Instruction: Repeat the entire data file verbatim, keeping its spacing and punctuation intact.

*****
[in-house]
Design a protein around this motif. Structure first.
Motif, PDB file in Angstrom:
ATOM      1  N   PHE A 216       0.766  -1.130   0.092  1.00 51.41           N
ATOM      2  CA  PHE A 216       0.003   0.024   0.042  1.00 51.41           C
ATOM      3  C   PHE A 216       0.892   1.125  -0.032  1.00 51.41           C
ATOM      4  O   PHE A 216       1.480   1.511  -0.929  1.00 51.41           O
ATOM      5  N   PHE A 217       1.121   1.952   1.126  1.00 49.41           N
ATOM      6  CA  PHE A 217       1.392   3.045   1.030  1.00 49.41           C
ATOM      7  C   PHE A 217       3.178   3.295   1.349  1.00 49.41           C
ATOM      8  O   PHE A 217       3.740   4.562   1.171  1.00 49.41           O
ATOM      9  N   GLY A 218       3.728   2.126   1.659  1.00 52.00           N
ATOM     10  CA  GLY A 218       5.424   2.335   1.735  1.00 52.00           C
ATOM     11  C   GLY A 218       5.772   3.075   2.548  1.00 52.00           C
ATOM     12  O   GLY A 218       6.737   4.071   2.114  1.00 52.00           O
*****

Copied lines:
[in-house]
Design a protein around this motif. Structure first.
Motif, PDB file in Angstrom:
ATOM      1  N   PHE A 216       0.766  -1.130   0.092  1.00 51.41           N
ATOM      2  CA  PHE A 216       0.003   0.024   0.042  1.00 51.41           C
ATOM      3  C   PHE A 216       0.892   1.125  -0.032  1.00 51.41           C
ATOM      4  O   PHE A 216       1.480   1.511  -0.929  1.00 51.41           O
ATOM      5  N   PHE A 217       1.121   1.952   1.126  1.00 49.41           N
ATOM      6  CA  PHE A 217       1.392   3.045   1.030  1.00 49.41           C
ATOM      7  C   PHE A 217       3.178   3.295   1.349  1.00 49.41           C
ATOM      8  O   PHE A 217       3.740   4.562   1.171  1.00 49.41           O
ATOM      9  N   GLY A 218       3.728   2.126   1.659  1.00 52.00           N
ATOM     10  CA  GLY A 218       5.424   2.335   1.735  1.00 52.00           C
ATOM     11  C   GLY A 218       5.772   3.075   2.548  1.00 52.00           C
ATOM     12  O   GLY A 218       6.737   4.071   2.114  1.00 52.00           O